Each input port 30 has its own input scheduler and staging logic 32. The input scheduler 32 selects a virtual output queue 40 mainly based on the data length in the virtual output queues and attempts to maintain average transfer rate R into the central memory 34 when the input link is fully occupied. A small sized packet in a virtual output queue 40 is generally guaranteed to be transferred to the central memory 34 by time out logic and input idle counting logic. This ensures that if the tail of a packet occupies part of a memory cell and the packet is followed by a long idle interval, the packet is not delayed waiting for the memory cell to fill and is forwarded once the time-out occurs. The time-out counter associated with VOQ for output j at input i is configured to count down at a rate no faster than the actual provisioned bandwidth from input i to output j.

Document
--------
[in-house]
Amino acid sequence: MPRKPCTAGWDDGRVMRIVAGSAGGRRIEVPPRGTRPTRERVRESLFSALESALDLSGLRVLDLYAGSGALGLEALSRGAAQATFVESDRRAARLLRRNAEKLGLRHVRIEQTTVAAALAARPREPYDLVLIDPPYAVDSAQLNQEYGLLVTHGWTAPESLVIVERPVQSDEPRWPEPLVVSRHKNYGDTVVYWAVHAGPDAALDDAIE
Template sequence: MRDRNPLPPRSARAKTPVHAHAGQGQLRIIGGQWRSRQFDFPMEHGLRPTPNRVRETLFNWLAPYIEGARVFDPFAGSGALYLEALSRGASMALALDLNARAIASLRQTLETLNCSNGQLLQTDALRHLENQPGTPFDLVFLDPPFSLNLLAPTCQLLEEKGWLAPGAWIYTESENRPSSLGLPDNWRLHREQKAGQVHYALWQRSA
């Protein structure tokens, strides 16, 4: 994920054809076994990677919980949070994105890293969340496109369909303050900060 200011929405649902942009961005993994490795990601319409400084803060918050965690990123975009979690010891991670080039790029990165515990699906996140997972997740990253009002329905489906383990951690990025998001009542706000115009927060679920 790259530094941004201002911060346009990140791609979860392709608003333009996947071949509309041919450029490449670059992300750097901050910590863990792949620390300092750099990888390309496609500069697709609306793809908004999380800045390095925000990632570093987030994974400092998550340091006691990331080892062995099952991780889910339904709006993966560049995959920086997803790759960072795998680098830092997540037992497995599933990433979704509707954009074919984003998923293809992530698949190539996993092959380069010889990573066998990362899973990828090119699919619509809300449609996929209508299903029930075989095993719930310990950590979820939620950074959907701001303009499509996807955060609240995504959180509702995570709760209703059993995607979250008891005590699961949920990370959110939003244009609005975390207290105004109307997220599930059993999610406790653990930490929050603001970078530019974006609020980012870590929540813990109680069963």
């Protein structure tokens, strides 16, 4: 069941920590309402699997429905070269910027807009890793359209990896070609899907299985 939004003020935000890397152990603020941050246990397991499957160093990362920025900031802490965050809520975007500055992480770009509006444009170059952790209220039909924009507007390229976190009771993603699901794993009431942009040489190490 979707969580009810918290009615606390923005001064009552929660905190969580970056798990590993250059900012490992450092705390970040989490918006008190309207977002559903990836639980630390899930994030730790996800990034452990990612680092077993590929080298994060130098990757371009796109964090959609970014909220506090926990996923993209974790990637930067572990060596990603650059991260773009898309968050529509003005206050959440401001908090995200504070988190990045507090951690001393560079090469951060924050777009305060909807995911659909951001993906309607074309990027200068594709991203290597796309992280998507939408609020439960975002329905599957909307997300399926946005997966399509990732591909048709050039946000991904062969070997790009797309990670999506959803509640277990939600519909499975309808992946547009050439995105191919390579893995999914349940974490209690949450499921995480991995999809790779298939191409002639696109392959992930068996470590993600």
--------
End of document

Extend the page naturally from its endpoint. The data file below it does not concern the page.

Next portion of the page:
The input scheduler and staging logic 32 packs data from virtual output queues up to 1.5NR wide and transfers the data to the central memory 34. The speed-up of 1.5 implies that once one full memory cell has been transferred, to maintain required throughput, the second memory cell can be transferred if it is more than 75% full. Furthermore, once two memory cells have been transferred, the third memory cell can be transferred even if it has filled to only one byte. Thus the speed-up ensures that a packet longer than two memory cells is never delayed, small packets that are parts of a large burst are never delayed and, since selection of VOQ considers priorities, higher priorities are given the latency minimization benefit of the speed-up before the lower priorities.